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Antioch Falls...?
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  Home >> The Crusades >> The First Crusade >> Antioch Falls

The formidable defenses of AntiochThe Crusaders did not attack immediately. Antioch was a very strong city, whose walls had originally been built by Justinian. The walls bow out from Mount Silpius in a long arc. Along one portion the Orontes River runs. Another portion climbs a ridge of the mountain. It is a difficult city to attack, and the Crusaders were leery of losing too many men (they initially lacked enough even to cover all the gates). They waited first for Tancred to come up from Alexandretta, then spent some time in securing various out-lying fortresses. So passed November and December.

By the end of December, supplies were running low, and Bohemond and Robert of Flanders set out with a large force to gather supplies. Yaghi-Siyan decided it was a good time for a sortie. His attack caught Raymond of Toulouse completely by surprise, but Raymond was able to organize a counter-attack quickly. He drove the Muslims back with such force that his men chased them over the bridge and some actually entered the city. But it was night-time. The horse of one of the lead knights threw its rider and bolted backward. The knights on the bridge behind were thrown into confusion, panicked, and retreated.

Meantime, an army had been marching to the relief of Antioch from Damascus. When they learned that Bohemond and Robert were nearby, they attacked. They caught Robert first and fierce fighting erupted. Bohemond came up but held back until the Muslims were well engaged. He then fell on them and inflicted heavy casualties. They had won another victory, but they had lost so many men that they had to return to Antioch with far fewer supplies than they had hoped for. But at least the battle, coupled with ugly weather, forced the Damascene army to return home as well. Yaghi-Siyan was still on his own.

January was grim indeed, with starvation stalking the camps. The women were banished from the Crusader encampmentsPeople began to desert, including Peter the Hermit (he was brought back by Tancred). In February, Ridwan of Aleppo arrived, having made peace with Yaghi-Siyan, but the Crusaders defeated him as well after another hard-fought battle. He returned to Aleppo.

Supplies and reinforcements arrived in March, and the Crusaders were at last able to seal off most of the city. Conditions inside Antioch grew steadily grimmer, even as spring brought better supplies to the besiegers. Yaghi-Siyan was still determined, however, for he had news that Kerbogha of Mosul was at last preparing an army. He set out in early May with a large army mostly made up of allies. His advance was delayed while he spent three weeks besieging Edessa, but Baldwin was able to hold the city.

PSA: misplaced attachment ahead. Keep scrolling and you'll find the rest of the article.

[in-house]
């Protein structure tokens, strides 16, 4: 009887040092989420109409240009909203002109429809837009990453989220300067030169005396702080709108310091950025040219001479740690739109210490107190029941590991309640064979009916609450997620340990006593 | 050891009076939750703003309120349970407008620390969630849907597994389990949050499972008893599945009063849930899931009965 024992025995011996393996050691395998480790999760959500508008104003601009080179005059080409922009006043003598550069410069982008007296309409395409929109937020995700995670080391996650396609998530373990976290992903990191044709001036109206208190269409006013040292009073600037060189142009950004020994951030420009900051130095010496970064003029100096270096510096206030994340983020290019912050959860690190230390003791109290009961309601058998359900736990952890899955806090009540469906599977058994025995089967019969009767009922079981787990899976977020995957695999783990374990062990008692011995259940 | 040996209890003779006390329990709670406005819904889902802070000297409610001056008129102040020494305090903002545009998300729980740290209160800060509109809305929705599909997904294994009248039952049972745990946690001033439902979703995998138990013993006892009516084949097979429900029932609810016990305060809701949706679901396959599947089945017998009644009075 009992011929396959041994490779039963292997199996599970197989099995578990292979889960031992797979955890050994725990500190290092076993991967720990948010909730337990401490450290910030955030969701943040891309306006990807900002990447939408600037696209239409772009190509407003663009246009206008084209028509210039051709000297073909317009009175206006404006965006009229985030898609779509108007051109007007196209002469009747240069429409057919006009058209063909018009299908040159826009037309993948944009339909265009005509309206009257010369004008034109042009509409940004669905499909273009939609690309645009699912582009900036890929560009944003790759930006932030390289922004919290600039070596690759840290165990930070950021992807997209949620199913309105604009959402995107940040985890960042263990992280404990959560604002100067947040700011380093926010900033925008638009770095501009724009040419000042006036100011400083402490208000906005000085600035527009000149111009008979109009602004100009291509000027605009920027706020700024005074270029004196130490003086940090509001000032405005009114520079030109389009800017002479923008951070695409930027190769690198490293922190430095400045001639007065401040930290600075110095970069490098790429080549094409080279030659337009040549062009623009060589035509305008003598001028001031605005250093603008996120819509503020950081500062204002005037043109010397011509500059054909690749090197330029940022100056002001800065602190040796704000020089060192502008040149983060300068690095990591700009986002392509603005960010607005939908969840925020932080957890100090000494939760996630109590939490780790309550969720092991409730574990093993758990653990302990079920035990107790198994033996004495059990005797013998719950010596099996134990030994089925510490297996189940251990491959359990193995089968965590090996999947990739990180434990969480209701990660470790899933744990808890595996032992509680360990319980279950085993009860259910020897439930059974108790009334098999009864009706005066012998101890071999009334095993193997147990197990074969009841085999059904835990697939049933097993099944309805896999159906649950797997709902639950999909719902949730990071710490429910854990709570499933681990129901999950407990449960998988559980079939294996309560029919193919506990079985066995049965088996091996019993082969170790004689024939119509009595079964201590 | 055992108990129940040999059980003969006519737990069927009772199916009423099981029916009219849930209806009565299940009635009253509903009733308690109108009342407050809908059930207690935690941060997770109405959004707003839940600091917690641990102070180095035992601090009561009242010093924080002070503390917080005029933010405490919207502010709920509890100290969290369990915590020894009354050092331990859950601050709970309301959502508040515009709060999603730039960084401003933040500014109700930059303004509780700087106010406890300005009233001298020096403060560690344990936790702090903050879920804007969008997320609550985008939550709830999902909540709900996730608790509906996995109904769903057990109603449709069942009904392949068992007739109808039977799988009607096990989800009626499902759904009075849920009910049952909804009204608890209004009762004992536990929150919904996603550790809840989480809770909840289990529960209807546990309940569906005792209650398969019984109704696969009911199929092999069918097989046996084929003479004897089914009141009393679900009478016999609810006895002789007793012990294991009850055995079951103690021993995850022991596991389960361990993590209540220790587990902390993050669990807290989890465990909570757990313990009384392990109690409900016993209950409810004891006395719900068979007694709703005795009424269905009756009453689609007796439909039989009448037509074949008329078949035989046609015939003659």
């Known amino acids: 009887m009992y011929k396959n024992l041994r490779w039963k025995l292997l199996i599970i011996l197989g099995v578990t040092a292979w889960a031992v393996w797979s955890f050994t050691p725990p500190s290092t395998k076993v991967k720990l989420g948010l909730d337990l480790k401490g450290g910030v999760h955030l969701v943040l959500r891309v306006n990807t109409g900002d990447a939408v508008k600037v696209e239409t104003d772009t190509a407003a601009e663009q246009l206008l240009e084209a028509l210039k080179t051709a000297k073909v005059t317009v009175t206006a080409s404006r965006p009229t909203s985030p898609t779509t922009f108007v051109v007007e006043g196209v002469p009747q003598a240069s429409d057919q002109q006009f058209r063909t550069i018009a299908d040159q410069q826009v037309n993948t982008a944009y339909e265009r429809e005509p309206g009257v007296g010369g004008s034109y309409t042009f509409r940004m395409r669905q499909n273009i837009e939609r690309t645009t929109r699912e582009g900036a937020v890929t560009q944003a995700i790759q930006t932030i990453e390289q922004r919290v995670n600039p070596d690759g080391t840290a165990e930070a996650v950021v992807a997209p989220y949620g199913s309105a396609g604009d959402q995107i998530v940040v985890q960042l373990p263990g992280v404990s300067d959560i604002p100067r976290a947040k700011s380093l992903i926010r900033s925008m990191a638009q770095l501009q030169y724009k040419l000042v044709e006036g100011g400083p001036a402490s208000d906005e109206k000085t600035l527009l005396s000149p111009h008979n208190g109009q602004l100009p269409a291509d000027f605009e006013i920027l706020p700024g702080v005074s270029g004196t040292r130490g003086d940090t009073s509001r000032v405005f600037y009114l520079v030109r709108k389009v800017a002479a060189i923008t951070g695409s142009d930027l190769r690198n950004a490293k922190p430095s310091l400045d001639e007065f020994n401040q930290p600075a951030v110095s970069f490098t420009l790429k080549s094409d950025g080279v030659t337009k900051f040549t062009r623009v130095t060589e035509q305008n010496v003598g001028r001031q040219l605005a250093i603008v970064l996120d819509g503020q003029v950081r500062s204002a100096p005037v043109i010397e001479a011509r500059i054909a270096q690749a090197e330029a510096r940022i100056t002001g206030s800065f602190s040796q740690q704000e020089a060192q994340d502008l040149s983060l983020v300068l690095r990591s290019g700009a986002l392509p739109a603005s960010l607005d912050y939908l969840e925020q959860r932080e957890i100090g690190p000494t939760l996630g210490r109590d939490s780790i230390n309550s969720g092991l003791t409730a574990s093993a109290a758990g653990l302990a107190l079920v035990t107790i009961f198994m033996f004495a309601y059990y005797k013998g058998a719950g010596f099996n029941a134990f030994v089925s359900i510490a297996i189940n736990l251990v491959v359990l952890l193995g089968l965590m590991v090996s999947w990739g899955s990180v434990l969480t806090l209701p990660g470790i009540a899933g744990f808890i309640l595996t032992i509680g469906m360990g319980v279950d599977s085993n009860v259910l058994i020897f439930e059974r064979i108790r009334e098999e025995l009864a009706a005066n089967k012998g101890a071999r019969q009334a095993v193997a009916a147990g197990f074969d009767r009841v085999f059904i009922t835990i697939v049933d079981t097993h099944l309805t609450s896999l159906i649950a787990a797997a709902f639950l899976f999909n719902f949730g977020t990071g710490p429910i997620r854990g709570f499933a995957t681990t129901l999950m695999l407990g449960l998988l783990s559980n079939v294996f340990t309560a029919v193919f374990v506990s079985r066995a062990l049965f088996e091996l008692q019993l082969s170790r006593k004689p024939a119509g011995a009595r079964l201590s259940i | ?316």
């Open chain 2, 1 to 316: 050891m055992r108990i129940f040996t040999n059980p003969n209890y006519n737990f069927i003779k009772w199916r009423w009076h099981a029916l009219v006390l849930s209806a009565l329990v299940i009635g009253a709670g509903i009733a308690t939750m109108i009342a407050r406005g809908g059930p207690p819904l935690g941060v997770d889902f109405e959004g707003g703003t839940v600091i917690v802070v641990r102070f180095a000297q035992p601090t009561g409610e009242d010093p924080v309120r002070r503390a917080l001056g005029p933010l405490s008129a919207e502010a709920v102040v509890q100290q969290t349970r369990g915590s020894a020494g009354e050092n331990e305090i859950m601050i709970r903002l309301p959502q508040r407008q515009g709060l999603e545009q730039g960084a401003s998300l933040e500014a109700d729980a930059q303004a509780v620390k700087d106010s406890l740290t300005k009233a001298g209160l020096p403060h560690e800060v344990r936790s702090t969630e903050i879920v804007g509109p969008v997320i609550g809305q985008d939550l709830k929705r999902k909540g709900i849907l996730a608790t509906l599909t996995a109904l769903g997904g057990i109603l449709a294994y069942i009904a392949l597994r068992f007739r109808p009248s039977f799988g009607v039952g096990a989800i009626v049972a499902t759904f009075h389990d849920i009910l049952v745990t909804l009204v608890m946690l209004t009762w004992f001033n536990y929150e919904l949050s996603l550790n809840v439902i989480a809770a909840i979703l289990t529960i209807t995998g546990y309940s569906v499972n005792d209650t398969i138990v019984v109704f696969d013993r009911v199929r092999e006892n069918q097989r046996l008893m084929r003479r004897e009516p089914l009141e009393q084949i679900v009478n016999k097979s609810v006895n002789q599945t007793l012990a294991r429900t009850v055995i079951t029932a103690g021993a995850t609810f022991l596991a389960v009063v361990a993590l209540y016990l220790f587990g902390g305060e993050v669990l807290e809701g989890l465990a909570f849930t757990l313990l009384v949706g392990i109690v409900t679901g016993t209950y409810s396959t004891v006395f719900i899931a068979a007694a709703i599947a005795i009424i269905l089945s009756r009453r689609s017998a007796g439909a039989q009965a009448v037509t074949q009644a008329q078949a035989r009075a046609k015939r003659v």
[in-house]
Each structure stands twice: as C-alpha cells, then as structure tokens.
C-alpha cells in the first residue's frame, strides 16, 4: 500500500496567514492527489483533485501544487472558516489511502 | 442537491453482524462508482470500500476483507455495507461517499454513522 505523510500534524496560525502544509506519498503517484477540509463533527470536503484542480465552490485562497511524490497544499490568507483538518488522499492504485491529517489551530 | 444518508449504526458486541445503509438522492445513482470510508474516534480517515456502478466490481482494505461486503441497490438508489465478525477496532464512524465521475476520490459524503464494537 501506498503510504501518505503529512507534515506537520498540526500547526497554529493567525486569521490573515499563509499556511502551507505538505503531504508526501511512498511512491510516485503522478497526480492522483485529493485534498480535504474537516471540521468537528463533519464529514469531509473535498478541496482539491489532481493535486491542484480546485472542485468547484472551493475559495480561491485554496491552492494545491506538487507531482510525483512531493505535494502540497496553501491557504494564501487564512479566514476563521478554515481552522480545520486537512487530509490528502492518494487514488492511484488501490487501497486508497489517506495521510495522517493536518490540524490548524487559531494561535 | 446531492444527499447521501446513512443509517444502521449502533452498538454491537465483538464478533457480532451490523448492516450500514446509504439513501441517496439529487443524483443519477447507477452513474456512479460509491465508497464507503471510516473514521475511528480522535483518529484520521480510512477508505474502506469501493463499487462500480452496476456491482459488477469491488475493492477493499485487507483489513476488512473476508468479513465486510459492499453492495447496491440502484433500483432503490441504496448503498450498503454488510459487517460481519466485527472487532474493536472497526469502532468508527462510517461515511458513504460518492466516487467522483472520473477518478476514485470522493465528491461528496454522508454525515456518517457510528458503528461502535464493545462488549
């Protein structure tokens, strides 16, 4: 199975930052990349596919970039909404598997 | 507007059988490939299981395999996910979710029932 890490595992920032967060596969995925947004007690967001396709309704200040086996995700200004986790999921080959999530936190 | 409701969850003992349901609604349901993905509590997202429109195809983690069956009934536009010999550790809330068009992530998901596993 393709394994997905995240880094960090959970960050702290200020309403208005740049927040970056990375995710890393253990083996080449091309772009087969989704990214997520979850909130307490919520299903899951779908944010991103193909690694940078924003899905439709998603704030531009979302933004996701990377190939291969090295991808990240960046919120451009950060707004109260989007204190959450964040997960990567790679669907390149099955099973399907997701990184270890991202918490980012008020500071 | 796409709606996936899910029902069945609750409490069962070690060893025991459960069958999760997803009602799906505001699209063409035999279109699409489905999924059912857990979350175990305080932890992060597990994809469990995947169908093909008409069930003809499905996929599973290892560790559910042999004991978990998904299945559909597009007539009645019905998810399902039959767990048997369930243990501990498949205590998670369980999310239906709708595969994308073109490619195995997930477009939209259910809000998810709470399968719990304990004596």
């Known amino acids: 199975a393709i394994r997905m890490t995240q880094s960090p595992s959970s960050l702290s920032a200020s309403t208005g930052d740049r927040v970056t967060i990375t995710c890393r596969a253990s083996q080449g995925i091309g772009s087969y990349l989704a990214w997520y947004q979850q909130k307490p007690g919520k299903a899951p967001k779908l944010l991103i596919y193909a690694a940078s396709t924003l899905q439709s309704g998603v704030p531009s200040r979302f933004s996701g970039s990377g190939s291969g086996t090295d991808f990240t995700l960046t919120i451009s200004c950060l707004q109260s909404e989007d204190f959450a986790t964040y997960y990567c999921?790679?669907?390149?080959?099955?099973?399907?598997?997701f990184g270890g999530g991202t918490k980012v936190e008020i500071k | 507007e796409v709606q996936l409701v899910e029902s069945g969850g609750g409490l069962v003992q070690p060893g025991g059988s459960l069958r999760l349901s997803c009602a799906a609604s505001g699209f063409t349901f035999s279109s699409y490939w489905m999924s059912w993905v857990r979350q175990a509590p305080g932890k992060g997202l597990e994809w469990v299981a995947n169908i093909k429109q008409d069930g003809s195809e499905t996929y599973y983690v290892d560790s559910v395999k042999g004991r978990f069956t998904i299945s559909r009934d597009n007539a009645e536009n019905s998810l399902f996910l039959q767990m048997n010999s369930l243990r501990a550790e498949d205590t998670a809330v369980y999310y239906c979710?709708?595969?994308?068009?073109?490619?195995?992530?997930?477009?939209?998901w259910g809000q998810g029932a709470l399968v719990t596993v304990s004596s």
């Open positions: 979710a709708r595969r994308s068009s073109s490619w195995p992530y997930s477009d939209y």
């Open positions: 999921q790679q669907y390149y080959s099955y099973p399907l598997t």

It was during these weeks in May that Bohemond made contact with one Firuz, a captain of the guard in Antioch. There had been much buying of spies on both sides during the siege, but Firuz agreed to betray the city. Bohemond told none of the other Crusaders about this, for he was determined that he should rule Antioch. Instead, the Crusaders met to plan an assault on the city before Kerbogha could arrive. It was agreed that whoever should enter the city first would be its lord.

Many of the Crusaders were in despair. The city looked as impregnable as ever, and a huge Turkish army was only days away. Desertions increased. On June 2nd, Stephen of Blois led a large contingent of French away. Only a few hours later, Bohemond received word from Firuz that the time was right. Bohemond at least revealed the scheme to his fellow captains. Just before sunset, the army decamped as if to go east to meet Kerbogha in the field. After a few hours, it turned around and came back under cover of darkness. Firuz saw to it that one section of the wall was unguarded and sixty knights entered. They opened the Gate of St. George, and the Crusaders streamed into the city. The Christian citizens joined the army in massacring every Turk they found. No Turks were left alive

Yaghi-Siyan fled, but his son gathered a few troops and retreated to the citadel, which he was able to hold. By June 3rd, the city, except for the citadel, was in the hands of the Latins.Antioch Falls - Click to see larger version

They spent the next clearing the city of corpses and deciding on the defense of the walls. The day following, June 5th, the first of Kerbogha's troops began arriving, and by the 7th he was encamped. 

The Crusaders were now besieged within Antioch.


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